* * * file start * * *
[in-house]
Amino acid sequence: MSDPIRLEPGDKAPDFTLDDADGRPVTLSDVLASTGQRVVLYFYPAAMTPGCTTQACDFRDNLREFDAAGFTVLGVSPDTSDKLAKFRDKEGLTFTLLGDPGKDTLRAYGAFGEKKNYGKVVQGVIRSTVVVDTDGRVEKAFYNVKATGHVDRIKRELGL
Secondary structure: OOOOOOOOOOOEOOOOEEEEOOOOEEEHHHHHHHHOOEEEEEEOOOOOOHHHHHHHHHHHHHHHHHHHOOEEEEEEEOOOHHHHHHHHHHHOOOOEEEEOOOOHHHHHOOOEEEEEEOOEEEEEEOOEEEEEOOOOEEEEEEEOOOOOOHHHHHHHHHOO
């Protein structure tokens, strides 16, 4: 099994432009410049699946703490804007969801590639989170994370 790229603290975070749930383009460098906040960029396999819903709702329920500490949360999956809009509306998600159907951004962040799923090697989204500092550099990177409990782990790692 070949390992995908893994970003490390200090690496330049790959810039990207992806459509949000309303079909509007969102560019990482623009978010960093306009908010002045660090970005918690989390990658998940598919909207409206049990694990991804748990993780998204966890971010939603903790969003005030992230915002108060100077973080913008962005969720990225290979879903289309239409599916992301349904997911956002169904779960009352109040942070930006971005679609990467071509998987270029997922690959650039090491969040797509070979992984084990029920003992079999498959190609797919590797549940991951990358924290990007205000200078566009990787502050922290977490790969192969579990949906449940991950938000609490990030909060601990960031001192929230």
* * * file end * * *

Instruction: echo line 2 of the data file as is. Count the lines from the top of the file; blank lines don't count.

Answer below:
Amino acid sequence: MSDPIRLEPGDKAPDFTLDDADGRPVTLSDVLASTGQRVVLYFYPAAMTPGCTTQACDFRDNLREFDAAGFTVLGVSPDTSDKLAKFRDKEGLTFTLLGDPGKDTLRAYGAFGEKKNYGKVVQGVIRSTVVVDTDGRVEKAFYNVKATGHVDRIKRELGL